I mentioned I was going, and asked what I should look at. Turned out they were about to send some of their people off overseas to exchange ideas with counterparts in various parts of the world – including Singapore, on a day I’d be there. And would I be interested in tagging along? You bet I would!

So it was arranged, on Saturday morning I headed for a hotel off Orchard Road for our meeting. We were taken to the nearby Orchard station site for a briefing and a tour.

Thomson-East Coast Line MRT construction near Orchard station, Singapore

Much of what I saw has been included in my post about the Singapore MRT, but some other things worth noting:

  • The Thomson-East Coast Line is designed to relieve other lines, as well as speeding up travel times to key destinations
  • Blasting for underground tunnels includes going underneath a hospital. Timing is worked out to not clash with MRI sessions. They’re also tunnelling close to the Prime Minister’s house.
  • Each station on the line is separate contract, but the whole Thomson-East Coast line is costing S$24 billion. It has a projected daily ridership 400,000, which isn’t too much lower than the ENTIRE Melbourne rail system.
  • Underground stations are developed with provisions for development above, but there’s no real certainty it will happen – it’s up to property developers. From what I saw around Singapore, development around and above stations is common, but not universal.
  • Part of the project includes a triple deck train depot (to save space – approximately 60 football fields – we’re not the only city that measures land area in these terms) combined with an adjacent bus depot, to store 220 trains and 550 buses.
  • Importantly, they make a big effort to keep people informed. There’s a construction blog, and an education centre for hosting briefings like ours.

We looked at the tunnel boring machine (TBM) on the site, which was very impressive, and not at all boring.

Thomson-East Coast Line MRT, Tunnel boring machine, Orchard station, Singapore

Thomson-East Coast Line MRT, Tunnel boring machine, Orchard station, Singapore

Model of a rectangular tunnel boring machine to be used on the Thomson-East Coast Line MRT construction

Interestingly the Singapore project is using a new development in TBMs… a rectangular “box jack” TBM. This got the Melbourne people rather excited – parts of the Melbourne metro rail tunnel project would benefit from emerging technology like this.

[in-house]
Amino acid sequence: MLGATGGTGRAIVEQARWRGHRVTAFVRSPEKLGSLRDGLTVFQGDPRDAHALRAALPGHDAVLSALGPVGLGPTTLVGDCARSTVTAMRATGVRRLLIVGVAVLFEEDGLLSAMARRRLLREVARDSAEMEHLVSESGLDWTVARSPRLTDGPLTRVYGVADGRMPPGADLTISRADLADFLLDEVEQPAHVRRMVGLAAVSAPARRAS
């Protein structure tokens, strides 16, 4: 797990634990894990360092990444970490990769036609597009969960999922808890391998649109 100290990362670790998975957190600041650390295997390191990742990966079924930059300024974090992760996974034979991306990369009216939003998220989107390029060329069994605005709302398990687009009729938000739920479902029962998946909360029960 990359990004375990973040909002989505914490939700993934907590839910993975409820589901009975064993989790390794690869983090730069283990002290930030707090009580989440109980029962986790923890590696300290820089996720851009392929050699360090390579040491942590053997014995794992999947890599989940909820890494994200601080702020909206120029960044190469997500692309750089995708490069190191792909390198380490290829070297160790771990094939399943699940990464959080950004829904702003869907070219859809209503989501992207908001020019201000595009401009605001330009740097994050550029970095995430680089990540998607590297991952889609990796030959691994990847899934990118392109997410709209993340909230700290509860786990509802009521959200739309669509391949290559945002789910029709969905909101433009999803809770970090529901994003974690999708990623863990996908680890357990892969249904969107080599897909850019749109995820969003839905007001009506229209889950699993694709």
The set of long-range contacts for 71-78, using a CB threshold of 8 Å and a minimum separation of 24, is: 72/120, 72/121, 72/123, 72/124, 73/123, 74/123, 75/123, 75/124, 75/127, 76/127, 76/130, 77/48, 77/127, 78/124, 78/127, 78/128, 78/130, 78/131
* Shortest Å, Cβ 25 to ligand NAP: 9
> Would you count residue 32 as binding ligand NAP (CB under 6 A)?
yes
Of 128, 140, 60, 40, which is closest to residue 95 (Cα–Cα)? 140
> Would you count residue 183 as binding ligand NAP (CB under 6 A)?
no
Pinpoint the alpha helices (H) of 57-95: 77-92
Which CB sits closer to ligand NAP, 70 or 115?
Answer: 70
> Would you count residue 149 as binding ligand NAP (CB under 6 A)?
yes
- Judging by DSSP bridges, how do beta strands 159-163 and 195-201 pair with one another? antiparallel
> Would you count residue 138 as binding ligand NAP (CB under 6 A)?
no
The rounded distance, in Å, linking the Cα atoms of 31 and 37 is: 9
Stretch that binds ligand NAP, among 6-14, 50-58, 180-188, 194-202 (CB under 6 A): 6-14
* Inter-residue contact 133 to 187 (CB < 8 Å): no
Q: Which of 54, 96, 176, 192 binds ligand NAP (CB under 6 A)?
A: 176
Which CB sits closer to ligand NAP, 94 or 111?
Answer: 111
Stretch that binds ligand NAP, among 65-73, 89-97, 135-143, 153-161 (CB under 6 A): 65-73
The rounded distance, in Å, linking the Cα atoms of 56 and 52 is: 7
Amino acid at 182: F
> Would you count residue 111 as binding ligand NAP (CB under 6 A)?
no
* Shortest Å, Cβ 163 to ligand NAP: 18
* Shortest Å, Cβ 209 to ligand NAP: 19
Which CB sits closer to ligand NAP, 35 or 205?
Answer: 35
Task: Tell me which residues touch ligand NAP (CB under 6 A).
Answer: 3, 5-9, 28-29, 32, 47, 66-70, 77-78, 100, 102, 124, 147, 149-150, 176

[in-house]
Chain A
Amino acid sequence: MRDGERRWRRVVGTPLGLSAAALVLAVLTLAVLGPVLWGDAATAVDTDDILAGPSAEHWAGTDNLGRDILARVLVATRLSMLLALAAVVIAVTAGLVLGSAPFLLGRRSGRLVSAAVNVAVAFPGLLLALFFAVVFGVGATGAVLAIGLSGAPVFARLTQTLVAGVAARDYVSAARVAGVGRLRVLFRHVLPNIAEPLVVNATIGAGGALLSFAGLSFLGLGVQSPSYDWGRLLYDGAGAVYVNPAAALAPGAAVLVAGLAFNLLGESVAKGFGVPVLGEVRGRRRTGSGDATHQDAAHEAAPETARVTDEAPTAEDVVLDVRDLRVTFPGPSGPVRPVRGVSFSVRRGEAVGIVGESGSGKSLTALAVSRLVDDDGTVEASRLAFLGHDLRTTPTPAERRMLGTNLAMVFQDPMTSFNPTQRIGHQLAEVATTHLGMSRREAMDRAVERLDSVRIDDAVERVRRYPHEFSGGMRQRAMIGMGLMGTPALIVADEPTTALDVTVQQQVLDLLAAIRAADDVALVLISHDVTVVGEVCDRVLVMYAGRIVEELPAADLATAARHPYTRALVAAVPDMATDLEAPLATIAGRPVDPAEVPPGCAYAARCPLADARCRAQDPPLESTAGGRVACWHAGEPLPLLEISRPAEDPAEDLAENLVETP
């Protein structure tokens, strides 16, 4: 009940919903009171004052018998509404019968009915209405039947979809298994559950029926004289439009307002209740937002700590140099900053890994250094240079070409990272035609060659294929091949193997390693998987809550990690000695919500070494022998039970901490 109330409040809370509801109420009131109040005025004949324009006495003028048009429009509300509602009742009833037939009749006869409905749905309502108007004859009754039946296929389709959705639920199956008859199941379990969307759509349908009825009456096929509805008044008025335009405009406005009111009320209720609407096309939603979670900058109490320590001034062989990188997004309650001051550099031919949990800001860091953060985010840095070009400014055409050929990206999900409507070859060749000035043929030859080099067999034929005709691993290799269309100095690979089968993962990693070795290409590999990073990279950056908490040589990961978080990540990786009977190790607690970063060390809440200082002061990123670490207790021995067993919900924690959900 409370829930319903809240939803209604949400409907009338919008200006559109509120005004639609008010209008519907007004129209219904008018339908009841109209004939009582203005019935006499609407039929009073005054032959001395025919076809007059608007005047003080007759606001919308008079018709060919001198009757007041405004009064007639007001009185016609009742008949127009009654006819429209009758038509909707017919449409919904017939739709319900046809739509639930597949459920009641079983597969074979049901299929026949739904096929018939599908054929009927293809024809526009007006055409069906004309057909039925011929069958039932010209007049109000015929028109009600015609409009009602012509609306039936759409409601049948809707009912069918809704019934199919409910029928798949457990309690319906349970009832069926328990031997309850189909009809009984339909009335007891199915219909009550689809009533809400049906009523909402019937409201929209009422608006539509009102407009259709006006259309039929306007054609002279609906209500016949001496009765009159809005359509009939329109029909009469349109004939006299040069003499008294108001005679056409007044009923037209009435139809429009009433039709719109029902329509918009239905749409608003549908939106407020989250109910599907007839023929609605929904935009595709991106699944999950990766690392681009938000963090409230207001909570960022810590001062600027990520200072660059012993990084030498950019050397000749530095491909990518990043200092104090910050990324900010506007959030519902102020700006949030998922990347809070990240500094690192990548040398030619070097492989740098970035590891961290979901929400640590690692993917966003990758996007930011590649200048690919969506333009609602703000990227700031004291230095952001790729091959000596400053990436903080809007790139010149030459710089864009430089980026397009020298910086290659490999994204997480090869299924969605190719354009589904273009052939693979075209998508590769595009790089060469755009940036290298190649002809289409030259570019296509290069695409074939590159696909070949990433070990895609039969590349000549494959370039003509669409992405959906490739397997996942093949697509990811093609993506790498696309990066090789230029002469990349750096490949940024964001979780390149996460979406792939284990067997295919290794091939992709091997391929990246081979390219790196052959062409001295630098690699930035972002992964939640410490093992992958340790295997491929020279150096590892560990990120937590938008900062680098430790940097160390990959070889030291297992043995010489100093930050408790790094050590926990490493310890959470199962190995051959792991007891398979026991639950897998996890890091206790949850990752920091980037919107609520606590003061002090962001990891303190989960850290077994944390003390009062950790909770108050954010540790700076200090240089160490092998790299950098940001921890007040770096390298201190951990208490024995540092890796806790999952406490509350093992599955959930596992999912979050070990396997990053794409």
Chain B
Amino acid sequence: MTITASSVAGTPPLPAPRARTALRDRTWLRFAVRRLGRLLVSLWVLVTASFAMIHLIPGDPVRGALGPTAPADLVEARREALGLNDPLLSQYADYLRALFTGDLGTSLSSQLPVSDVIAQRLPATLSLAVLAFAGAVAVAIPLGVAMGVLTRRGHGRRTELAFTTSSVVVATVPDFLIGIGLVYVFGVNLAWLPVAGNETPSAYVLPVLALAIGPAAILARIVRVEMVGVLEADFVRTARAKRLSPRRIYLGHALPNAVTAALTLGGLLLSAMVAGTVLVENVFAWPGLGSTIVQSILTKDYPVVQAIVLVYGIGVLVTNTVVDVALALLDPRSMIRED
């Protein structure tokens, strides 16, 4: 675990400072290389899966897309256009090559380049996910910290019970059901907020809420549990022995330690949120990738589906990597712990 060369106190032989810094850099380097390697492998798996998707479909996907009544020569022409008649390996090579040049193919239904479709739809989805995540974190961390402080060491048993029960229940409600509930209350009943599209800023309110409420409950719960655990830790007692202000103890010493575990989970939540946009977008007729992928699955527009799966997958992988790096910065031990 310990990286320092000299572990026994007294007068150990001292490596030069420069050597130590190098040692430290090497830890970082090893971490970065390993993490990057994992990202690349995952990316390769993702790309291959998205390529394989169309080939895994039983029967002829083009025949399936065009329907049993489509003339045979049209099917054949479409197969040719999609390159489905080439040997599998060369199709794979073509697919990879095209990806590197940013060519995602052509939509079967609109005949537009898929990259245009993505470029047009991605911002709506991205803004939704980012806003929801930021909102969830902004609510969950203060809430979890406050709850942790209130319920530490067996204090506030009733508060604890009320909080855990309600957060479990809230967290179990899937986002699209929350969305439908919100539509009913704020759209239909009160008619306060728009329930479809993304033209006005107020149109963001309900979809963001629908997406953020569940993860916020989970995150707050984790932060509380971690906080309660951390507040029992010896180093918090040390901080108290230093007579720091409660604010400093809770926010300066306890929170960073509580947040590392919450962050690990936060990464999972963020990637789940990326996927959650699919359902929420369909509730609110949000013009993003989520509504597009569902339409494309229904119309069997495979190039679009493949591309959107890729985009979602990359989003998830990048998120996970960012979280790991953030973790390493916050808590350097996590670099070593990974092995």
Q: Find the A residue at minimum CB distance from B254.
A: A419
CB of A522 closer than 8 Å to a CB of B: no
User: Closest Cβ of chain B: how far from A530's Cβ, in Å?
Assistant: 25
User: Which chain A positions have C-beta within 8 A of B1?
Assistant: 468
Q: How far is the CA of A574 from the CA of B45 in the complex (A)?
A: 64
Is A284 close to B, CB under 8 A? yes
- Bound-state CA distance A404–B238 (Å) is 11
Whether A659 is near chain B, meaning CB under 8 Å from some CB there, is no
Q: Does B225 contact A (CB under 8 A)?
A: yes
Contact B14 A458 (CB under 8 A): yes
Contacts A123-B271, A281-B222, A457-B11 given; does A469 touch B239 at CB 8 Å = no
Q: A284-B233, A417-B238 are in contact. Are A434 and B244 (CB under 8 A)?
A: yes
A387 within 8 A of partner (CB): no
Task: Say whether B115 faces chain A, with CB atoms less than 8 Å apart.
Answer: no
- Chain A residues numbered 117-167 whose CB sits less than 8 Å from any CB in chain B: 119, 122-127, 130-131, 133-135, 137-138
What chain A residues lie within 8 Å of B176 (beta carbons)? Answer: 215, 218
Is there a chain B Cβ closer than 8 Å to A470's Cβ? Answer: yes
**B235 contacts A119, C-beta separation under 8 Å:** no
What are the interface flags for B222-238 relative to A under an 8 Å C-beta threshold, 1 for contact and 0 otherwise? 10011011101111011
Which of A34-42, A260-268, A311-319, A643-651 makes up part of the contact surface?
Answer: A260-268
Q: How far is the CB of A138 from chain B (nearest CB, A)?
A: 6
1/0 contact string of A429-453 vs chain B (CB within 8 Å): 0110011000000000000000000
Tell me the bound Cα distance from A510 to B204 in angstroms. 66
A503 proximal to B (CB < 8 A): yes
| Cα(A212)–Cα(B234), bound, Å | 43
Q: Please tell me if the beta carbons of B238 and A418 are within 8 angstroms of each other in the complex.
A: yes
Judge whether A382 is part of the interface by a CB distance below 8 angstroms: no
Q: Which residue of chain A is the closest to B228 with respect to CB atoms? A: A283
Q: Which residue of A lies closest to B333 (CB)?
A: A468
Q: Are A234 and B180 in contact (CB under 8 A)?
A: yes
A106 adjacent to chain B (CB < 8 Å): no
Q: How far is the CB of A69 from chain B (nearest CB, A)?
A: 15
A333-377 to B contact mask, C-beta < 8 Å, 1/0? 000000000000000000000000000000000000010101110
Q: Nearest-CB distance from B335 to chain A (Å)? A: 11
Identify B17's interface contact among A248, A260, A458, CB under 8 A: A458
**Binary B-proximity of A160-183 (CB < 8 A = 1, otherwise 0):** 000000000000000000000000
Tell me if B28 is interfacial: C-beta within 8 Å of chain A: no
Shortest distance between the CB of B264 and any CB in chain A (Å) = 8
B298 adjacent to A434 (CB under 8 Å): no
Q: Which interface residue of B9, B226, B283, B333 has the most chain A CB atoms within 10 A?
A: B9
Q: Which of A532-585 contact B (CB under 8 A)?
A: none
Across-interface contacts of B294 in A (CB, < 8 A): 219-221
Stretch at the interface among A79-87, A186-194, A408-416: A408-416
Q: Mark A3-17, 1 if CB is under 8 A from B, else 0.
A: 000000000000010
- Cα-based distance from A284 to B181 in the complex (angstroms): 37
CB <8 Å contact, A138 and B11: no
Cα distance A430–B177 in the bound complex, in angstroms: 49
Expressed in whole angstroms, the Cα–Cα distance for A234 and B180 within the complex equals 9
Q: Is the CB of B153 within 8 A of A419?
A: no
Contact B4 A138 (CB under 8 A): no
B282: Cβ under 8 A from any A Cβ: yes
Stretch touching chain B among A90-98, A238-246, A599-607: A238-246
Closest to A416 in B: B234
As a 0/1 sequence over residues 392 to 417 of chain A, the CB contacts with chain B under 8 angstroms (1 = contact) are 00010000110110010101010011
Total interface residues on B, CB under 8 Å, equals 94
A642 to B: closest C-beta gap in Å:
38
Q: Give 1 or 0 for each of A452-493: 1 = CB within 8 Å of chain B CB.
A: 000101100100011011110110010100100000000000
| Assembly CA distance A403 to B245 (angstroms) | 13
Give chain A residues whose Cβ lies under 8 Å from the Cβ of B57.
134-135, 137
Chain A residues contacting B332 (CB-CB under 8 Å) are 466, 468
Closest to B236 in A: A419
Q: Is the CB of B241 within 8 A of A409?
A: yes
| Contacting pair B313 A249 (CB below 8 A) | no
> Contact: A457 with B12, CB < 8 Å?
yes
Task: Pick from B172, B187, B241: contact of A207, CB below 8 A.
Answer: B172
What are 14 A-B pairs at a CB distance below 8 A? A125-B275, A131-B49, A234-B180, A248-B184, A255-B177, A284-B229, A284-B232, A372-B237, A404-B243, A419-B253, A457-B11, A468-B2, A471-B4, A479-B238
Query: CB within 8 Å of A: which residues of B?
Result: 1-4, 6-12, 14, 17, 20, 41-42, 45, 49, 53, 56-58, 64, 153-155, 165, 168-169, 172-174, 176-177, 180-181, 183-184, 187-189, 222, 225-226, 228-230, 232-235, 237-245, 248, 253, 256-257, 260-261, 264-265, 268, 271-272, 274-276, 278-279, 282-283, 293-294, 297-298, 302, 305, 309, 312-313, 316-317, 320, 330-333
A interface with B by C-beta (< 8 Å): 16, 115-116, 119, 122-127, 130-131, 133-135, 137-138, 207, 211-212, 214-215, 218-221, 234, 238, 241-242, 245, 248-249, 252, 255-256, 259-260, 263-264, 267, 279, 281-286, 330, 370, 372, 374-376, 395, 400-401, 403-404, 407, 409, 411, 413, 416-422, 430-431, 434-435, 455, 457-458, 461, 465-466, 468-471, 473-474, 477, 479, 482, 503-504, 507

This of course is the whole point of getting our people heading around the world to look at others’ projects – the exchange of ideas could be of huge benefit.

Alas I couldn’t stay for the whole tour – they went on to look at a lot of different parts of the network.

Parliament, Singapore

Singapore river

I headed back to the hotel. We had to head to the island of Sentosa for the wedding.

But first we walked down to the river, past the Singapore Parliament building, and found lunch in the back of the museum: a rendang burger and crisps. Yes, crisps. And a Nutella milkshake. Nom nom nom.

Old Parliament House, Singapore

Man pushing bicycle cart, Elgin Bridge, Singapore

Back to the hotel and we picked up our bags and caught the MRT to Harbourfront, exiting to the huge VivoCity shopping centre above. It’s like Chadstone with a railway station.

Ah. Saturday afternoon. Peak shopping time? Huge crowds, both coming off the train and throughout the centre itself, made progress with luggage a bit slow.

Harbourfront station, Singapore

Our destination was a hotel on Sentosa, a resort island on the south-western side of Singapore. It’s an island dedicated to recreation – with beaches, amusement rides, cable cars, theme parks, restaurants and hotels.

We eventually found the stop for the shuttle bus to the hotel. Of the various transport facilities I saw in Singapore that weren’t under construction, it was the least well-appointed. I wonder if that was because it was provided by private enterprise, not the well-organised Singapore government.

With the assistance of some fellow shuttle bus riders (no don’t get off here; that’s the hotel staff entrance), we arrived at the very fine Shangri La resort and checked in.

We headed up to the room, with me desperately trying to Google whether I should tip the porter/bellhop or not – before he arrived with the bags. (The conclusion, as far as I could make out, is that you never tip in Singapore, except in the case of porter who bring your bags up to the room. Lucky I had a $2 note handy.)

Shangri La resort, Sentosa, Singapore

Shangri La resort, Sentosa, Singapore

Shangri La resort, Sentosa, Singapore

We went to explore the resort. Of course it’s right on the beach – with a view of numerous container ships sailing past – but also has swimming pools, and numerous other facilities for either active (swimming, table tennis) or passive (lazing around sipping drinks) recreation.

And so to the real reason for being in Singapore: the wedding of my cousin Justin and his fiancee Valerie.

It started in the afternoon, and the reception went into the evening. The rain held off, and I’m not going to drone on about it, but it was all perfect, and a pleasure to be there.

Wedding, Sentosa, Singapore

Cleaning up after the wedding, Sentosa, Singapore